4. Caring friends. I fell rather badly out running with the club on Thursday morning and have been showered with kind texts and emails checking on me ever since.
5. Savasana. This was just what I needed at the end of the working week.

3 things to read this weekend:

1. A complete guide of where to find the best pie in NYC.
3. Lauren Conrad's home surely embodies every girls' kitchen dreams.

Sunday, 30 October 2016

The Long Island Bar


"How come it took you over a year to visit one of the best, most highly-praised, most talked about bars in the city, which is only 5 blocks from your apartment?", is a question I'll never have a good answer to. "We never had the right occasion." Not true. "We didn't have any money." True, but that didn't stop us going out for a drink every now and again. "It never felt like the right time." Probably the closest. But in reality, there is no good answer. Sometimes, things just slip further and further down the must-do list until days turn into weeks turn into months turn into years. But finally, with the excuse of celebrating the final day at what was a less-than-happy job, we stepped foot inside The Long Island bar for the first time.

At 6pm on a Friday, we were (stupidly, in hindsight) concerned we may be the only people there. But it was already packed, so we grabbed one of the last booths and snuggled up in the warm, buzzing, welcoming, retro bar, packed with happy weekend-ing locals.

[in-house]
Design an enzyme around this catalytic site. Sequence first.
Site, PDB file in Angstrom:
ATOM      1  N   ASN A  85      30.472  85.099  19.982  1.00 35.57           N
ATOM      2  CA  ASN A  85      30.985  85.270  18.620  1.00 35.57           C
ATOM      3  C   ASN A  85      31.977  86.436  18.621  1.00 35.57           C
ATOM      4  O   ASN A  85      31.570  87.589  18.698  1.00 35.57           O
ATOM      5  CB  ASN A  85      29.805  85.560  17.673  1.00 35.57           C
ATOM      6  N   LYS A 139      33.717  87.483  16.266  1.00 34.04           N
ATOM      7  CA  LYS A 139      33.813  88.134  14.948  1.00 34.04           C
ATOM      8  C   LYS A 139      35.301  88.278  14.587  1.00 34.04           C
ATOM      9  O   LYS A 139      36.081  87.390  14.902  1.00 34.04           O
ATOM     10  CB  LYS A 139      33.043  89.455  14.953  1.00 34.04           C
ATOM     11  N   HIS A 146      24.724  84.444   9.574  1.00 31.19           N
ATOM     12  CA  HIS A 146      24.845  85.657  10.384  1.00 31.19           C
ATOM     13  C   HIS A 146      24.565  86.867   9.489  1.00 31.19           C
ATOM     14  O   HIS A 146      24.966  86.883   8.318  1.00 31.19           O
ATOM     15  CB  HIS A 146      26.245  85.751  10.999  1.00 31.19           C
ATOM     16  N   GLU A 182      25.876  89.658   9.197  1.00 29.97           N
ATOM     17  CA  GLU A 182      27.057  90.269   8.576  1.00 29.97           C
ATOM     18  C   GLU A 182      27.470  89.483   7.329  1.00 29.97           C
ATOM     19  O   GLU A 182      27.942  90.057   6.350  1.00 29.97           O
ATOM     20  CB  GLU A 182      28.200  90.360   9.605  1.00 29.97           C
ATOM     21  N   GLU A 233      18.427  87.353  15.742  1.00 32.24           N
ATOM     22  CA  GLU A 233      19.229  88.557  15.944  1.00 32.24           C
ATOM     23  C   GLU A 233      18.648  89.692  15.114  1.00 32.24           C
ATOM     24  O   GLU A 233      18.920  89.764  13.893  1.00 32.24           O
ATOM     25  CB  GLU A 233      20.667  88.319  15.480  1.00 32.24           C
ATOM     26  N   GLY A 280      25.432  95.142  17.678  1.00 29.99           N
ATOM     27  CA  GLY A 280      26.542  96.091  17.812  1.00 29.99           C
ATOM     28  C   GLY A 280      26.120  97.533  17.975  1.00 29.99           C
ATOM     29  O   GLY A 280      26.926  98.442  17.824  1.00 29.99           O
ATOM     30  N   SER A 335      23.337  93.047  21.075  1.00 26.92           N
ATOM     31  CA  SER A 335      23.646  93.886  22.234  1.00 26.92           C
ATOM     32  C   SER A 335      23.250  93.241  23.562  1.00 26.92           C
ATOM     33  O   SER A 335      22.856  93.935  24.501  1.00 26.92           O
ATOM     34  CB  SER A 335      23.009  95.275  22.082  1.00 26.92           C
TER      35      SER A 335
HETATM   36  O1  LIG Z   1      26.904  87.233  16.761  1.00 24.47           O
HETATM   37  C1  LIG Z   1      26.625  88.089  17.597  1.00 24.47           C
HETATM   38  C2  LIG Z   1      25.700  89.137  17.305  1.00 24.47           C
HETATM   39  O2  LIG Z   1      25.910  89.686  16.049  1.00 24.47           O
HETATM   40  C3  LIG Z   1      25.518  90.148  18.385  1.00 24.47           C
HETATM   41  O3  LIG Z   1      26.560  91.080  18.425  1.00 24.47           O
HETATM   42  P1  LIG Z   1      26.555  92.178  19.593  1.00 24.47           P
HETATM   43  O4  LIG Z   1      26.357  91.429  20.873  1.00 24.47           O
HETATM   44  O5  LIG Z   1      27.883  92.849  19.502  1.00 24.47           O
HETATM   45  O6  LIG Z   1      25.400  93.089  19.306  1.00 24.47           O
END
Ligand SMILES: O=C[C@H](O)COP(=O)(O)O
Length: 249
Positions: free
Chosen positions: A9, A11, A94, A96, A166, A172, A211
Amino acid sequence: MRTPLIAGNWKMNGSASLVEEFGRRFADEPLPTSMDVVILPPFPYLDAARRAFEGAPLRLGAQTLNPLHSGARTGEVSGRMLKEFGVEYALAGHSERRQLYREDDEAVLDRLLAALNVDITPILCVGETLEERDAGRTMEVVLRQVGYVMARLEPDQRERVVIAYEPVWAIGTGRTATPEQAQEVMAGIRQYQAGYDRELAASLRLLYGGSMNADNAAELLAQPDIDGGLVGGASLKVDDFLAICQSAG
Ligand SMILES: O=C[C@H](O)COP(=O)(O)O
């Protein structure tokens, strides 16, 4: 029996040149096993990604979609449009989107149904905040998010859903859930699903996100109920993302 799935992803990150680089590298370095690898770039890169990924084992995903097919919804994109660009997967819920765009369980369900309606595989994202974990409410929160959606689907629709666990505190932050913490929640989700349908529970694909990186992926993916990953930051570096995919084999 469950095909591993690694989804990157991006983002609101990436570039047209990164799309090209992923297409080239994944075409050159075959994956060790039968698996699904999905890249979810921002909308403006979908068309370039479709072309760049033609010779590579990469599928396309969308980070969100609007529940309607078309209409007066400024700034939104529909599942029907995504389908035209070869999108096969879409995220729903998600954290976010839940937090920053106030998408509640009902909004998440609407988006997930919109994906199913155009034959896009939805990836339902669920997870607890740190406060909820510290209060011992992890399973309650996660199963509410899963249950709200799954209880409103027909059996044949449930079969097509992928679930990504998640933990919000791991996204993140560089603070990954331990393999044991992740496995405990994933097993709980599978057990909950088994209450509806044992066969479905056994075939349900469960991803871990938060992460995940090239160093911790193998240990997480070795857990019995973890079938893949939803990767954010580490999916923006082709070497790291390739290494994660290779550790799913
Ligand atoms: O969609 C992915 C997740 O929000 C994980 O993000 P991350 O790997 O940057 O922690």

We stuck with the classics (or twists on them), and spent the evening sipping on two totally perfect, wonderful examples of how fantastic cocktails can be (without being colorful, pretentious, or ridiculously over-priced). A white Negroni sbagliato for me and a whiskey soda with a shiso leaf  for B. They were both serious, but not too intimidatingly so, both balanced, both strong, and both capable of convincing us that we need to spend more time drinking fancy cocktails, especially on a Friday night at the Long Island Bar.

The Long Island Bar, 110 Atlantic Avenue, Brooklyn, NY 11201

Friday, 21 October 2016

5 Things & 3 More


5 happy things from the last 5 days:

1. B's butternut squash risotto.
2. The changing leaves on the trees in Prospect Park.
3. Ginger and turmeric tea.
4. A weekday negroni.
5. Marzipan biscotti with my coffee.

3 things to read over the weekend:

1. Trying to understand just how much the Great British Bake Off has changed the way the UK bakes.
2. Maybe it's not so disastrous that I've already had 5 jobs since leaving university... In defense of of being a job hopper.
3. Discussing politics with friends is always tricky, is it best to fight it out, or abstain from the topic completely?

Thursday, 20 October 2016

Storm King Art Center